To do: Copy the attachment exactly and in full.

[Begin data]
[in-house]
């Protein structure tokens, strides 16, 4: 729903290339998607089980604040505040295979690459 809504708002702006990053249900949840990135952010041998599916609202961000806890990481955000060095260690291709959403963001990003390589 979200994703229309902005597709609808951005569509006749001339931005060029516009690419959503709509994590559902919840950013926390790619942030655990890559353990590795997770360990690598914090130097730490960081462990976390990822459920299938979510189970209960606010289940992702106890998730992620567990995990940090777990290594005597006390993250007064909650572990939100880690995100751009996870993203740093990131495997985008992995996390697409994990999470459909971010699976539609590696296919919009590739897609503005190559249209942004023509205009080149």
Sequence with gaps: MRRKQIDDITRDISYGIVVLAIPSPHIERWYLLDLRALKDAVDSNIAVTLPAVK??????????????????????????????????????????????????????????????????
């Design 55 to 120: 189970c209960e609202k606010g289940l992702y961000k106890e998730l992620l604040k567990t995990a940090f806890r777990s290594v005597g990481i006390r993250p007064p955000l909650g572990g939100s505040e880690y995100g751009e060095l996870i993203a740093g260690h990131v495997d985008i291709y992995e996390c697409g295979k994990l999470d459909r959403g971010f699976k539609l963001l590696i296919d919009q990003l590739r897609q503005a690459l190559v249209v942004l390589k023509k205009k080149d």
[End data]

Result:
[in-house]
């Protein structure tokens, strides 16, 4: 729903290339998607089980604040505040295979690459 809504708002702006990053249900949840990135952010041998599916609202961000806890990481955000060095260690291709959403963001990003390589 979200994703229309902005597709609808951005569509006749001339931005060029516009690419959503709509994590559902919840950013926390790619942030655990890559353990590795997770360990690598914090130097730490960081462990976390990822459920299938979510189970209960606010289940992702106890998730992620567990995990940090777990290594005597006390993250007064909650572990939100880690995100751009996870993203740093990131495997985008992995996390697409994990999470459909971010699976539609590696296919919009590739897609503005190559249209942004023509205009080149």
Sequence with gaps: MRRKQIDDITRDISYGIVVLAIPSPHIERWYLLDLRALKDAVDSNIAVTLPAVK??????????????????????????????????????????????????????????????????
């Design 55 to 120: 189970c209960e609202k606010g289940l992702y961000k106890e998730l992620l604040k567990t995990a940090f806890r777990s290594v005597g990481i006390r993250p007064p955000l909650g572990g939100s505040e880690y995100g751009e060095l996870i993203a740093g260690h990131v495997d985008i291709y992995e996390c697409g295979k994990l999470d459909r959403g971010f699976k539609l963001l590696i296919d919009q990003l590739r897609q503005a690459l190559v249209v942004l390589k023509k205009k080149d």